Another similar label placed upon women is that of being pushy or aggressive, something Lewis points out was suggested about many female politicians in modern times. For instance, the suggestion by one writer that the former Deputy Leader of the Labour Party Harriet Harman was “Britain’s most ear-drillingly insistent feminist”. These insults are especially odd to Lewis because she argues it was Harman’s persistence that made her ‘incredibly effective as a politician’. It was this same persistence that allowed Victorian social reformers to achieve the reforms to society they desired. It was also what animated the stalwart advocates for Brexit in the present day, like the Tory MP Peter Bone, who campaigned for decades to leave the EU. Lewis suggests that he could just as easily be described as ‘Britain’s most ear-drillingly insistent Brexiter’.
‘The level of persistence you must have is something that is really hard to keep hold of now because we feel like so much stuff is changing so fast that we ask: why can’t big social reforms change as fast?’
The internet has not acted as a useful tool for enacting the kind of change that Feminists want to see in society. Lewis views the ceaseless online debates and conflicts about the subject as ‘boring’. She argues that ‘lots of the twitterstorms you see about Feminism are not so much about advancing any particular Feminist cause but positioning someone as a good person’. She stresses that internet debates can make people feel that something has tangibly changed when in fact all that has happened is that views have been aired, which usually sees people retreat into their corners afterwards.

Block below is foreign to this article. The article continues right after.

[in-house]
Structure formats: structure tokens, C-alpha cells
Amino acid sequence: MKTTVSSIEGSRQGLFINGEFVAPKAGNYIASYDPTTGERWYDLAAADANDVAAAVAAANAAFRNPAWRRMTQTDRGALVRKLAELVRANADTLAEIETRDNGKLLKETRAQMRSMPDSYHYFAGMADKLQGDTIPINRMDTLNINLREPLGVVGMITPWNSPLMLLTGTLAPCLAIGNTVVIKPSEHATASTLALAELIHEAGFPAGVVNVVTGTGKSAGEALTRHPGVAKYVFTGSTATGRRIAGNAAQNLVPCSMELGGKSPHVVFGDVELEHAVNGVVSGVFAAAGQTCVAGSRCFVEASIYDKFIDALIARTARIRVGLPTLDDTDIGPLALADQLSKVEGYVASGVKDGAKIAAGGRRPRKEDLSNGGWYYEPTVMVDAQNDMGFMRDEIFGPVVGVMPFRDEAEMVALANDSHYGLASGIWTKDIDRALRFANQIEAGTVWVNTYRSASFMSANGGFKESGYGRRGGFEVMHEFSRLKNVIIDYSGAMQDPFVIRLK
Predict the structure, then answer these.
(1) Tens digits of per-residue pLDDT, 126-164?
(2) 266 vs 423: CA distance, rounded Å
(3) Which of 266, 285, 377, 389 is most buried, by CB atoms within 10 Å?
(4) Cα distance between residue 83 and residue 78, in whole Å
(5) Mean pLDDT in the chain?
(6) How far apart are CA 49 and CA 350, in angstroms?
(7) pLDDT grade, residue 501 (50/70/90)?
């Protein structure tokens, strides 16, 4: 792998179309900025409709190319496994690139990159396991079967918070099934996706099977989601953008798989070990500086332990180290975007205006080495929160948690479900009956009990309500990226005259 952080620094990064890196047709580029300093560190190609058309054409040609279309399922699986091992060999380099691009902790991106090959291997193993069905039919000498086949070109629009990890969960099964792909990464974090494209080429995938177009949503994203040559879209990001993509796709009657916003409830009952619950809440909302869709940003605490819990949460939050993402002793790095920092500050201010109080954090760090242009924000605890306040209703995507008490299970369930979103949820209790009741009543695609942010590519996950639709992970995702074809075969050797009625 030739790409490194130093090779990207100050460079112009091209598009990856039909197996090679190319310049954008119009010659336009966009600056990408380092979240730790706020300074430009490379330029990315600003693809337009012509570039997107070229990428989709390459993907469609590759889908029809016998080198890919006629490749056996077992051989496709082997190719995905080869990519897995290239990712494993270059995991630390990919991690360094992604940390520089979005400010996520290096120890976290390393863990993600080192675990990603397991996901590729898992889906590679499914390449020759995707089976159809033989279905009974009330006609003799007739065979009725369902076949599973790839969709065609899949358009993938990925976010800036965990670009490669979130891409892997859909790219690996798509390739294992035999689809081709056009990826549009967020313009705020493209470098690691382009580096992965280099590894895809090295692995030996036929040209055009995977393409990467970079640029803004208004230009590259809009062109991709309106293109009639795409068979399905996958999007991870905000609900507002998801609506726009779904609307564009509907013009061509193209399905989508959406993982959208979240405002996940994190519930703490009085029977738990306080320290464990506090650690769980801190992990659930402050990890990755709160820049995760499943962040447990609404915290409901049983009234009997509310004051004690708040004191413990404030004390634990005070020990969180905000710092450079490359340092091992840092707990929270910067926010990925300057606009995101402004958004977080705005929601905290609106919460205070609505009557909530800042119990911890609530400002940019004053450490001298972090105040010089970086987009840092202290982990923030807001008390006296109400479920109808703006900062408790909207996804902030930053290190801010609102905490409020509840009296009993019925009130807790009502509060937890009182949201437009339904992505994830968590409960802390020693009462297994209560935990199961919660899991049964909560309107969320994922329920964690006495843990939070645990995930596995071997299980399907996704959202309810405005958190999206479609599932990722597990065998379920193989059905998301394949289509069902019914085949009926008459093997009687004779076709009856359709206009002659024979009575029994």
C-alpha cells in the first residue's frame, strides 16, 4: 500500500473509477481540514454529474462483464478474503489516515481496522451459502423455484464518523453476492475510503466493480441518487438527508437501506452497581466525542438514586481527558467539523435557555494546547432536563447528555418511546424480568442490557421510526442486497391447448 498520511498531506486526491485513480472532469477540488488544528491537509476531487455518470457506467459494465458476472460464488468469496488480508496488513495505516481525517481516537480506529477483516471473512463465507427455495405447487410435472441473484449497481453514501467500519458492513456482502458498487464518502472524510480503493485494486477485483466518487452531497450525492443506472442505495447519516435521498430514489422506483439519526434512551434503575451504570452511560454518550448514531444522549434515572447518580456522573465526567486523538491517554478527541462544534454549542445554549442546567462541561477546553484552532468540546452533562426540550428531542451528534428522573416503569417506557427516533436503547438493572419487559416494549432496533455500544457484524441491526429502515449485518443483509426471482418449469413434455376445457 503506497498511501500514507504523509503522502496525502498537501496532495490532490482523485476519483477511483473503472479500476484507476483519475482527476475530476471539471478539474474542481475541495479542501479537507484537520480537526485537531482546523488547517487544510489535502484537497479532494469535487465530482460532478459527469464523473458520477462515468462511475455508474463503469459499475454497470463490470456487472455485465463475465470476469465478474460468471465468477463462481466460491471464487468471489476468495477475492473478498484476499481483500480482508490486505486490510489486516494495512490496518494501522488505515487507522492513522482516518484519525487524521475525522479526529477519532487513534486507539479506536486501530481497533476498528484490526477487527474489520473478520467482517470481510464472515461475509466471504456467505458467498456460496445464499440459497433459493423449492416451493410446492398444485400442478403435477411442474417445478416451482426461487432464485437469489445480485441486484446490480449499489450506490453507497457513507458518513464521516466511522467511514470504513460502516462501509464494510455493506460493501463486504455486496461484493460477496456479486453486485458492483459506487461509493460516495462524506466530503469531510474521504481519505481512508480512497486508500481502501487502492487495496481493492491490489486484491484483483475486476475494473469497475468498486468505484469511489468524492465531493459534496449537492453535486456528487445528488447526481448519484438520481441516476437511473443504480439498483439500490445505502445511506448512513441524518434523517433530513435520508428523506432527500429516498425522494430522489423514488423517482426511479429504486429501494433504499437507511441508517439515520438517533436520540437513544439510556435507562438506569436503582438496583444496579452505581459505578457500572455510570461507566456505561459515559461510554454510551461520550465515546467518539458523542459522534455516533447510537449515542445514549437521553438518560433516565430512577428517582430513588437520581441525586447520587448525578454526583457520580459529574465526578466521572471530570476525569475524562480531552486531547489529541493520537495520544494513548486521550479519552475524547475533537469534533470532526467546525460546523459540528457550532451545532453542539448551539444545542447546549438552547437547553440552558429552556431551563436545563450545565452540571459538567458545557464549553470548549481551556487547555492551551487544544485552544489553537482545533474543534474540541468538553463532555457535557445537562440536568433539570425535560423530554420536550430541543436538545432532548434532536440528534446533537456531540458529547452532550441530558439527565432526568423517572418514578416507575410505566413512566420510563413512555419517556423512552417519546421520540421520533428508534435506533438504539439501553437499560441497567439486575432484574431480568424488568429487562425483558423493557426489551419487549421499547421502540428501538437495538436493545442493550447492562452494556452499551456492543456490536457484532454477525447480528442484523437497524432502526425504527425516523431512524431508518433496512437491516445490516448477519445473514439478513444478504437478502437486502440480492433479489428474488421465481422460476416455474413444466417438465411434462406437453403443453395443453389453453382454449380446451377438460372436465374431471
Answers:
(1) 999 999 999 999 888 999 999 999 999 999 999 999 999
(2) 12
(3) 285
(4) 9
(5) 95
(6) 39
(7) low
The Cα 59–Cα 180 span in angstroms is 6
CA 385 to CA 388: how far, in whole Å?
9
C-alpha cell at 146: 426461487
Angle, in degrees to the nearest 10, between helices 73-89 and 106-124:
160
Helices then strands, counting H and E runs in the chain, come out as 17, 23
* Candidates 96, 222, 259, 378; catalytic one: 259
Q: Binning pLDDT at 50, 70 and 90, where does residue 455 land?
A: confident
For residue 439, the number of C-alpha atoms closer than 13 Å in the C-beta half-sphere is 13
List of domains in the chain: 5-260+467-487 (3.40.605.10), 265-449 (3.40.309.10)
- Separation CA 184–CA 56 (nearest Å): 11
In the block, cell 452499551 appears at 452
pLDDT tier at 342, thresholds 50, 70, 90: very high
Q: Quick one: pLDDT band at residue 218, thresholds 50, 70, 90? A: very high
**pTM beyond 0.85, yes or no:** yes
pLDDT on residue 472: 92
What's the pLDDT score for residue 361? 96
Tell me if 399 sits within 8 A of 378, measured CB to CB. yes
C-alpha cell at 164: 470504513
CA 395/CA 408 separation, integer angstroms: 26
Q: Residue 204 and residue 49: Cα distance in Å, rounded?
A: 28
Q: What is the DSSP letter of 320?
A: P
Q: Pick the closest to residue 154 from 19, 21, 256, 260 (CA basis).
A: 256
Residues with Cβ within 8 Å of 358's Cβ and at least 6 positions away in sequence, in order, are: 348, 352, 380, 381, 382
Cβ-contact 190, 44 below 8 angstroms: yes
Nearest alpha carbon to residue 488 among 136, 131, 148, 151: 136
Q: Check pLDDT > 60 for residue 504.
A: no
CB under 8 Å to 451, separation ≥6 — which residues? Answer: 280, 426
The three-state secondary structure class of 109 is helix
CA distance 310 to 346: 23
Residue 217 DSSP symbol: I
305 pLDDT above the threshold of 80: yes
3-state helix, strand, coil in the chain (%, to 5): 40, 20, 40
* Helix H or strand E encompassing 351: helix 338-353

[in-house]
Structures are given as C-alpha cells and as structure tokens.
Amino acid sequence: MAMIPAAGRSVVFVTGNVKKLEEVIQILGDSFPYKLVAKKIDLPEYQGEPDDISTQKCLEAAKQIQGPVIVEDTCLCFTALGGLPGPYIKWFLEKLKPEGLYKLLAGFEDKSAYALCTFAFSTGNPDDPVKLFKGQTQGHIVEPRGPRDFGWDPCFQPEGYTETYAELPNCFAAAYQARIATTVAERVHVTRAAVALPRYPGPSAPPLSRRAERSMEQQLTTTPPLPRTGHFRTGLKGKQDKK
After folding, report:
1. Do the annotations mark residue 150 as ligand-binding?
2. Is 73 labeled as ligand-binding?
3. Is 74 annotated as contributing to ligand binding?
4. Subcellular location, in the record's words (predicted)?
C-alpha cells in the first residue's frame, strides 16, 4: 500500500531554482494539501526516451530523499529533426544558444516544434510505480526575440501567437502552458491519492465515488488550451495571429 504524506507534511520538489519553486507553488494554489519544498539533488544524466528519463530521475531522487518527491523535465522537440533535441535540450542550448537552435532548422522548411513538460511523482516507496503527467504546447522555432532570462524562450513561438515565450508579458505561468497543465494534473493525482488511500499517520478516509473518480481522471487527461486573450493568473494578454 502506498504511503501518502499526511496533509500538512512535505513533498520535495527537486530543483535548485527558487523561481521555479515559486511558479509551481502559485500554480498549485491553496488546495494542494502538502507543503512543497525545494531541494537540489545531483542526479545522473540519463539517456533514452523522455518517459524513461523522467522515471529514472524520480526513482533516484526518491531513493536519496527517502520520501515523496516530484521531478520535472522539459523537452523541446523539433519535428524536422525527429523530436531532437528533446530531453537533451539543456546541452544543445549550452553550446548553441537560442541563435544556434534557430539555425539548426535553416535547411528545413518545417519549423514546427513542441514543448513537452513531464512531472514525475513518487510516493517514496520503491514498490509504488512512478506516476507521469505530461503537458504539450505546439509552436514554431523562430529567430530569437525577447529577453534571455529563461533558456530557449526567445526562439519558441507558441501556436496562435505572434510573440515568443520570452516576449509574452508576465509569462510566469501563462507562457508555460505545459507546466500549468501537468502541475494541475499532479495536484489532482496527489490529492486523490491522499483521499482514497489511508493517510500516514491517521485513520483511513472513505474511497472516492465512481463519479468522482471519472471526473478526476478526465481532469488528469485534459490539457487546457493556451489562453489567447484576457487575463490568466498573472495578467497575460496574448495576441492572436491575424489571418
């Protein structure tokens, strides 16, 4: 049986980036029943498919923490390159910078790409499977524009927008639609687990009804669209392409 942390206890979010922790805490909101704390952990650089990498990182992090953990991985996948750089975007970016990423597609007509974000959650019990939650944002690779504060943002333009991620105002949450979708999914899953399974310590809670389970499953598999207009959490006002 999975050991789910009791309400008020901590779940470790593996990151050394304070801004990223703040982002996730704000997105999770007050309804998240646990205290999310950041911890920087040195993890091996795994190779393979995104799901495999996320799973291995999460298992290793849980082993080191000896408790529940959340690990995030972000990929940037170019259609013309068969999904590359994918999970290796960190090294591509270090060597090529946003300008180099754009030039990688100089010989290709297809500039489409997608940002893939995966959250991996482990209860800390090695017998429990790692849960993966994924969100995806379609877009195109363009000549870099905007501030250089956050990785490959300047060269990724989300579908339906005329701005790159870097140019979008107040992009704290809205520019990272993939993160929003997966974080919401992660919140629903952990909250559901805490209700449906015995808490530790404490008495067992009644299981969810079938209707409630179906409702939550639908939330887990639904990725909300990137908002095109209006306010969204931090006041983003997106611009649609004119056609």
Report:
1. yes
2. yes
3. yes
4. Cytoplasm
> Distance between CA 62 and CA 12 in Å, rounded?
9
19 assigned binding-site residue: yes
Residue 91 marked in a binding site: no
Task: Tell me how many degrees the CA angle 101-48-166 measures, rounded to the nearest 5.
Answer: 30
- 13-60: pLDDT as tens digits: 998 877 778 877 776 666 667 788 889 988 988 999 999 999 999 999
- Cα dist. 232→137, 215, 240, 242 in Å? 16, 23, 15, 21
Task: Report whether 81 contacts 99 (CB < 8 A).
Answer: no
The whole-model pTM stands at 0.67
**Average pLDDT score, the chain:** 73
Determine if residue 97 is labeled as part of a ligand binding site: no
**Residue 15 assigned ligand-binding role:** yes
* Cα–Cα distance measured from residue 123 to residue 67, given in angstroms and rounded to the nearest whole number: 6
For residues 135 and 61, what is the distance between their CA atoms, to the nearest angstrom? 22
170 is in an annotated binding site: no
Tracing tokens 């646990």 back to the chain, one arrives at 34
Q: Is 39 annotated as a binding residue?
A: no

The title of her book is reminiscent of a moment in 2016 when the former Chancellor Ken Clarke referred to Theresa May, whilst unknowingly having his mic still on, as a “bloody difficult woman”.
‘What I thought was interesting about that was that it was both complementary and slightly fearful’.
Lewis is particularly preoccupied as to why ‘the Conservatives have managed to have two female leaders whilst the Labour Party, who are committed to egalitarianism with a fifty one percent female parliamentary party, can nonetheless not seem to get the final push’. She attributes one of the reasons behind this to the fact that ‘the Tories have a template of female leadership which Thatcher created’, something she describes as a kind of ‘warrior queen’ model like a ‘Boudicca’. This image, however, is largely one of ‘exceptionalism’ which perhaps lessens its radicalism as it implies that the emulation of the behaviour of male politicians is the way for women to get ahead. Nonetheless Thatcher’s position, and historically significant role as the first female PM, does clearly provide a striking example of a woman leading within a field traditionally dominated by men. Midway through the book there is a powerful and comprehensive two-page rebuttal to the idea, claimed specifically by Thatcher herself, that the three-term Prime Minister did not become PM “by being some strident female”.
‘The Tories have a template of female leadership which Thatcher created’.